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Highland councillors agree to reject bid for new Inverness hotel


By Scott Maclennan

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The former Fairfield Nursing Home.
The former Fairfield Nursing Home.

Highland councillors have agreed with local authority officials and rejected a bid for a new hotel in Inverness.

Inverness Property Management (IPM) lodged an appeal against refusal by council officials of its plans to convert a former care home in Fairfield Road into a 32-bedroom hotel but councillors stood by the decision.

Officials had declared the proposal was contrary to the Highland-wide Local Development Plan.

A major issue for officials and councillors was parking with the building’s grounds having only 14 spaces.

IPM had argued there was ample on-street parking available in the area.

Several residents objected along with the community council.

Councillor Gordon Adam described it as a tough one.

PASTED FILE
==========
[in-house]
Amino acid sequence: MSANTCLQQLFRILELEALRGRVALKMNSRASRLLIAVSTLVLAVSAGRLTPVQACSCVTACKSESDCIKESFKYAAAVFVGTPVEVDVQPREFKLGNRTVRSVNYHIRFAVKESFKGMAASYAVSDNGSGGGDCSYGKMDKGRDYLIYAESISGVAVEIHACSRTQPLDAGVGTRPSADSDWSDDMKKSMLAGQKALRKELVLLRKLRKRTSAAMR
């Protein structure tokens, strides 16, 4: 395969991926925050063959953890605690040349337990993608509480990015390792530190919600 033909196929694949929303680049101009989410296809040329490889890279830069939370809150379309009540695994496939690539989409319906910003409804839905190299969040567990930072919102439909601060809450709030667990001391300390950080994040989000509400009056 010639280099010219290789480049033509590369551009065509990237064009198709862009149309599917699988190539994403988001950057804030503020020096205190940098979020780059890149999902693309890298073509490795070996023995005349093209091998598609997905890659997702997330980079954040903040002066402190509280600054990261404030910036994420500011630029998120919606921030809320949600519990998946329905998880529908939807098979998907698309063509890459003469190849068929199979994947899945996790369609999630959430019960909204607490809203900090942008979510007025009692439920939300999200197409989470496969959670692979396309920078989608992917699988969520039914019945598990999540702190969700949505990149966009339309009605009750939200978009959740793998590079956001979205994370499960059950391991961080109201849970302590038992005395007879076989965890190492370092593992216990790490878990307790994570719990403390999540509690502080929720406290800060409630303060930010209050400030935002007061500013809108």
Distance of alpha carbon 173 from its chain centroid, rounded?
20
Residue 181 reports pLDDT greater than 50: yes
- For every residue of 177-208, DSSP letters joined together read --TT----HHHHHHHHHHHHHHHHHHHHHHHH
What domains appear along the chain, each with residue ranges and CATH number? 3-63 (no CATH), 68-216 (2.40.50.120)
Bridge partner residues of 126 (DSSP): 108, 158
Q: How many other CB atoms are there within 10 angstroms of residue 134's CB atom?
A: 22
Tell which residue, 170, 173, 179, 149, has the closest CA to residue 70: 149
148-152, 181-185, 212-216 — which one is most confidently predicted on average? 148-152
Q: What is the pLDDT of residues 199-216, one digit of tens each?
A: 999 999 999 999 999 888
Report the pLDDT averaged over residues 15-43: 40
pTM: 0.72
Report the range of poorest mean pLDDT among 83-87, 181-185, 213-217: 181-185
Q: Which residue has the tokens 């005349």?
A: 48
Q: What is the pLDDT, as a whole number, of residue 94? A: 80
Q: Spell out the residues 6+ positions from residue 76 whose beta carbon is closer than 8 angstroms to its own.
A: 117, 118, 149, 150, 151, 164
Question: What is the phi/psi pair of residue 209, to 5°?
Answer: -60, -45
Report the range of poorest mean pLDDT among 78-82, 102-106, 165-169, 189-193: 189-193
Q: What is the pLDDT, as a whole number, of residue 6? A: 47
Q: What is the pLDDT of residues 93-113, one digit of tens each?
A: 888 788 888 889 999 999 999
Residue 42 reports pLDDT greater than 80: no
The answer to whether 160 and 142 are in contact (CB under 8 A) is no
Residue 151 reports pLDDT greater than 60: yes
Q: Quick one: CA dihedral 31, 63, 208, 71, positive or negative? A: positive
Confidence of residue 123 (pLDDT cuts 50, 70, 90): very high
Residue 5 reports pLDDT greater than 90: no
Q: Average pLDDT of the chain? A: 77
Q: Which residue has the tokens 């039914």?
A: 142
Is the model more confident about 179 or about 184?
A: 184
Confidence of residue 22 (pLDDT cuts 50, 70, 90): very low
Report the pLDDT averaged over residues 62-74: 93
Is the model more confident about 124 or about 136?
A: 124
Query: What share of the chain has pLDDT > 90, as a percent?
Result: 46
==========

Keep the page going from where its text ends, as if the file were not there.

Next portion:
“If you are looking at parking, we have got recommendations from transport planning, they are taking into account a very professional survey which was paid for by the applicant involving outside consultants," he said.

“You also have some mitigation from the transport planning officers which the applicant has agreed to pay for amounting to some £23,000 so they appear to be taking it very seriously.

“The professional advice is there appears to be sufficient parking on the premises or on the street. It is a tricky one but I think my opinion is to go with the professional opinion of the transport planners and if they are happy then I take the view that this appeal should be allowed.”

But he was contradicted by Councillor Roddy Balfour, who said: “I am rather perplexed by this application. There is simply just a situation where parking is not able to accommodate the likely demand and that is it.

“That is a major issue so far as I am concerned. We are hearing about money spent on surveys but what proof have we of this? None of these reports take note of the amenity and the personal difficulties this kind of development creates for local people.

“On-street parking in that part of Inverness is quite indeterminate and in any case it is undesirable in an urban residential area. We must take account of what the local people say – they are the people who put us here and to whom we are responsible.”

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